Alternative and online dispute resolution at a glance, and how they can provide a good avenue for justice.

On 21 May 2013 the European Commission adopted a Directive on consumer Alternative Dispute Resolution and a Regulation on consumer Online Dispute Resolution. The deadline for the implementation of the Directive into national law was 9 July 2015. The Regulation, while in force from 7 July 2013, will come into force on 9 January 2016 apart from certain provisions which came into force on 8 July 2013 and 9 July 2015.

Alternative Dispute Resolution (ADR) is a method of settling disputes between consumers and traders without having to go through the cost, processes and uncertainties of court proceedings. Online Dispute Resolution (ODR) is a similar dispute resolution service but the procedure is carried out online.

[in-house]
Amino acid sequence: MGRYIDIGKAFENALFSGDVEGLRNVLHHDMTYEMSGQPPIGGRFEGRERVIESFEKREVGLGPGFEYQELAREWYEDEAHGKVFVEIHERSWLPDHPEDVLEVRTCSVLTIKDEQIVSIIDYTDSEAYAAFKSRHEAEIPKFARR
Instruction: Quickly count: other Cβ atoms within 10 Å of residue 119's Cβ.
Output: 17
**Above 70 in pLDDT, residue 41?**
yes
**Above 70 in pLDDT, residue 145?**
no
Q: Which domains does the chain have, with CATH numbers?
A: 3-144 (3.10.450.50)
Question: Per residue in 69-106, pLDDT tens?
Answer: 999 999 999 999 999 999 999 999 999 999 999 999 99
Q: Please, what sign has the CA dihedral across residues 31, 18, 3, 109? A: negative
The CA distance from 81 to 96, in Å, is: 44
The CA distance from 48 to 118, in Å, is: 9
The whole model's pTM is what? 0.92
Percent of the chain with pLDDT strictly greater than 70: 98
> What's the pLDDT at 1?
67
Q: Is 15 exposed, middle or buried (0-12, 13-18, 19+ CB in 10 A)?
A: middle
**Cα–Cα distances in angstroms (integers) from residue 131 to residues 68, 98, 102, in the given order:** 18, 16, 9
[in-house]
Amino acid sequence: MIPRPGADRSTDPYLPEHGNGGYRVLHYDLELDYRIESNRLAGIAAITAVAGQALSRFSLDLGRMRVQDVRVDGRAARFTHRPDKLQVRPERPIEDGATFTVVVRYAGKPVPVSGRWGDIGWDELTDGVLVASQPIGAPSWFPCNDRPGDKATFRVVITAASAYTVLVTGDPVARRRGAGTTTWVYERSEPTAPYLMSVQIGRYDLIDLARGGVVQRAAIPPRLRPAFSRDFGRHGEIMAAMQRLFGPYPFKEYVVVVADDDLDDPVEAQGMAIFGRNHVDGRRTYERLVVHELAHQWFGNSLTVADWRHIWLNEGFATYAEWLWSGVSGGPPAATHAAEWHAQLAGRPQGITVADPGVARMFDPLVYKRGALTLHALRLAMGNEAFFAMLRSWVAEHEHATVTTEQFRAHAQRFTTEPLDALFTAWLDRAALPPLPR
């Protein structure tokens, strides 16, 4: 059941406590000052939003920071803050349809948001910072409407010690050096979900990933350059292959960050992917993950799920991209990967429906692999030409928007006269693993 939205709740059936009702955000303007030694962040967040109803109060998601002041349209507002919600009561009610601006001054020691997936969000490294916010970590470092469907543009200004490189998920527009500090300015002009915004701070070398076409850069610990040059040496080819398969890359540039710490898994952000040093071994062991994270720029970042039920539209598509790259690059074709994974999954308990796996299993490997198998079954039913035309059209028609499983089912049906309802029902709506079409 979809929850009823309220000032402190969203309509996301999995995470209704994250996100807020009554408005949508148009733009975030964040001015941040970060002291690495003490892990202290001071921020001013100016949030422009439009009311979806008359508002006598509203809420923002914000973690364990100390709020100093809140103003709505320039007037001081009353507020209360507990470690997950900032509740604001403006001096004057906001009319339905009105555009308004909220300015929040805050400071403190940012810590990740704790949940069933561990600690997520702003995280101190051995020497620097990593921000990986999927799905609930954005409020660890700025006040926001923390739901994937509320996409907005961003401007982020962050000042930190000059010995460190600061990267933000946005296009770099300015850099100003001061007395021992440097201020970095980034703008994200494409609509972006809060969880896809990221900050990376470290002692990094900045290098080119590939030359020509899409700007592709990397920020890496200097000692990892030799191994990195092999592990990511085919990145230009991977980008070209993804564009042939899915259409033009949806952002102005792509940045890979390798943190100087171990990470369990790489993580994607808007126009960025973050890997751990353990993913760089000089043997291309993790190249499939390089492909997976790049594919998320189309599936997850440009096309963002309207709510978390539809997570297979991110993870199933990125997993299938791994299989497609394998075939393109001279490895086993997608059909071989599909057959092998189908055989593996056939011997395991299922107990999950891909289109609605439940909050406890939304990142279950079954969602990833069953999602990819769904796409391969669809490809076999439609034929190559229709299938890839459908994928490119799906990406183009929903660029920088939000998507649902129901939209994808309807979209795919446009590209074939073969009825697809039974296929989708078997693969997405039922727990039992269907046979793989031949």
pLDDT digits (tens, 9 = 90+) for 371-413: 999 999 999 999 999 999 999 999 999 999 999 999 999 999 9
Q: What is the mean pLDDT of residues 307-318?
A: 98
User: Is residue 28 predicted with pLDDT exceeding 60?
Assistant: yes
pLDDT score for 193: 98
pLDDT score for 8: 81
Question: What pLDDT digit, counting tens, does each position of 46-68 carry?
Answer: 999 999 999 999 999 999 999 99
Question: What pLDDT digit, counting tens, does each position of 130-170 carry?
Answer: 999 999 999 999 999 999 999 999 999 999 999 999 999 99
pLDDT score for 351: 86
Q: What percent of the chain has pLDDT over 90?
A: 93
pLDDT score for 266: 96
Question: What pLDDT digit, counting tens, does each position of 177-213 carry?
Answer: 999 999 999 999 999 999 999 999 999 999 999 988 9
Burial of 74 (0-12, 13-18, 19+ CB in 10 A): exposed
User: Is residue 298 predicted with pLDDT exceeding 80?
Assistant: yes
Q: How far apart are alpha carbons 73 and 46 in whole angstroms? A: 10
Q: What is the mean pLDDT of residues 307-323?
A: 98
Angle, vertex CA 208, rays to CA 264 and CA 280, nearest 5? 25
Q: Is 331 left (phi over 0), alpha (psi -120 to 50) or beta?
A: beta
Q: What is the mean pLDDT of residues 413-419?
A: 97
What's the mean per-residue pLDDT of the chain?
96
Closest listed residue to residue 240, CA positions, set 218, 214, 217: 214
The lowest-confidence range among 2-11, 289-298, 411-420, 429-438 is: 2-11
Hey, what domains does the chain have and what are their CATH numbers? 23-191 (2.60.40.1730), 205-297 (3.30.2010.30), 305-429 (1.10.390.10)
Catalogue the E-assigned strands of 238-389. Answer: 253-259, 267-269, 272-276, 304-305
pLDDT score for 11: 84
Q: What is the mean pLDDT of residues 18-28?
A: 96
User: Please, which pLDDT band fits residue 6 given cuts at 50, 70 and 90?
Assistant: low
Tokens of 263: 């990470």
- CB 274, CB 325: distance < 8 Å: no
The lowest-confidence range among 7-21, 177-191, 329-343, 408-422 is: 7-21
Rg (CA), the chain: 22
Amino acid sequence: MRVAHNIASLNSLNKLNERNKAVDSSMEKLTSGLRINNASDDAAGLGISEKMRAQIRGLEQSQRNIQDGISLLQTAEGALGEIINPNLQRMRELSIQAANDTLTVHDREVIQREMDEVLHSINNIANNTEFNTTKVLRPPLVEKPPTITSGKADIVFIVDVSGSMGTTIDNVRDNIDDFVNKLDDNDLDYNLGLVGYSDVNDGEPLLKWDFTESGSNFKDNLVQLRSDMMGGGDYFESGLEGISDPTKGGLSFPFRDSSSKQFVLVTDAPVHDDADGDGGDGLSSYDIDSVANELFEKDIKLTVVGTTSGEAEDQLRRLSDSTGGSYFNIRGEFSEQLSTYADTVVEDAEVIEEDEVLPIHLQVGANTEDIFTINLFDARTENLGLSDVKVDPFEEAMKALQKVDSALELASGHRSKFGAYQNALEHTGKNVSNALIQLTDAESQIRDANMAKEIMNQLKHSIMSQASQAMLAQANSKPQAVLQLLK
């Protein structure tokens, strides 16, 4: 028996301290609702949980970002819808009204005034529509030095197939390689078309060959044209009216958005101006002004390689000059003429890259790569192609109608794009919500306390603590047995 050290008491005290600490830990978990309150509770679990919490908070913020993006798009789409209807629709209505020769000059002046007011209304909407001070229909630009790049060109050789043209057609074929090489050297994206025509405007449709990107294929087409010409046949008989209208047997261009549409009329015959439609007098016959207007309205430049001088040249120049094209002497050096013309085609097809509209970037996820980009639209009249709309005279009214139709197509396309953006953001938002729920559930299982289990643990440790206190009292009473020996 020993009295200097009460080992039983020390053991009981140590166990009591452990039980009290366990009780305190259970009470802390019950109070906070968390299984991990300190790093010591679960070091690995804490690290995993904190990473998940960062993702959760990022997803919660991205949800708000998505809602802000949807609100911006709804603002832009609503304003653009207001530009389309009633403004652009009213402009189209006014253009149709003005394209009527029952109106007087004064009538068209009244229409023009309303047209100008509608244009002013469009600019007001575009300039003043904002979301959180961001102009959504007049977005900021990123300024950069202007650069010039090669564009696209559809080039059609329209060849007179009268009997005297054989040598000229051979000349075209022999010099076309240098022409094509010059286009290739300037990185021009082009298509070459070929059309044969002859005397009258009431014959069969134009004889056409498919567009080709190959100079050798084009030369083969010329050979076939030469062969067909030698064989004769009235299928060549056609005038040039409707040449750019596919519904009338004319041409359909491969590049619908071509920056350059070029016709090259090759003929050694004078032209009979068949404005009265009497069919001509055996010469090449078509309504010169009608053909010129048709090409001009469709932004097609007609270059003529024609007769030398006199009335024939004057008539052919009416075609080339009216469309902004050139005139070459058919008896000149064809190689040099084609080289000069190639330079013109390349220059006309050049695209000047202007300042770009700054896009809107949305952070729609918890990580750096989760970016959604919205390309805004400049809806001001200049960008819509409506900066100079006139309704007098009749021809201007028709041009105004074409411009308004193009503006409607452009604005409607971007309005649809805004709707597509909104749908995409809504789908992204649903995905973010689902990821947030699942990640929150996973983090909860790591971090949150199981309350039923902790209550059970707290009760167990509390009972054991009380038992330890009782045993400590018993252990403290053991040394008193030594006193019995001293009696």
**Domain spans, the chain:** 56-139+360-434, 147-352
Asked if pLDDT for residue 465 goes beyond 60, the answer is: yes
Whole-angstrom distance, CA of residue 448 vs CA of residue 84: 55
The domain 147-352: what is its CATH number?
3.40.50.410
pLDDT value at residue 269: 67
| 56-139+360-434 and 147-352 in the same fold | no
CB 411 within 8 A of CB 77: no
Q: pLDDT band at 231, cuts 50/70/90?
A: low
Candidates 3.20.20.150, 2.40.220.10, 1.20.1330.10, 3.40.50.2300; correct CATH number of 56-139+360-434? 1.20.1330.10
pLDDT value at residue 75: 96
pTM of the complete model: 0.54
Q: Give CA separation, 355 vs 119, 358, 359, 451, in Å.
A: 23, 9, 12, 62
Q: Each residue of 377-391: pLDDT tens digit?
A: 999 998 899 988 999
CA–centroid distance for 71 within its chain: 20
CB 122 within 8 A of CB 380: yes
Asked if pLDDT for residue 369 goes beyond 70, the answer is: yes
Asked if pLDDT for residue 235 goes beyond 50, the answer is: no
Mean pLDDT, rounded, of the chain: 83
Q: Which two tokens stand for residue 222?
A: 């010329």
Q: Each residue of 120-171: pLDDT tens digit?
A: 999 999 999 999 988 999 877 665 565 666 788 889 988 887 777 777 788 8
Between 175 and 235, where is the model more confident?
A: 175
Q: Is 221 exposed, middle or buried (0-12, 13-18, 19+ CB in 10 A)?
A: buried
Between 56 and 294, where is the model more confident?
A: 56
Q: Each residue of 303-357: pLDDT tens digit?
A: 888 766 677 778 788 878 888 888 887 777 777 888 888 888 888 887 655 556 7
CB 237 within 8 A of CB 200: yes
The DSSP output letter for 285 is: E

The objective of the implemented Directive is not the harmonisation of different ADR schemes or the creation of one uniform scheme. Rather, it is aimed at achieving a high level of consumer protection by ensuring that disputes can be submitted to ADR entities who will offer impartial, transparent, effective and fair alternative dispute resolution procedures. The Directive contains different quality requirements for the ADR entities and the obligation for traders to disclose information to consumers.

The Regulation on consumer ODR will set up an online platform which will include all the ADR entities in the different Member States and have one contact point for each Member State. The platform is to be easily accessible for all EU citizens and will be available in all 24 official EU languages. The online platform is due to be launched and operational by 9 January 2016.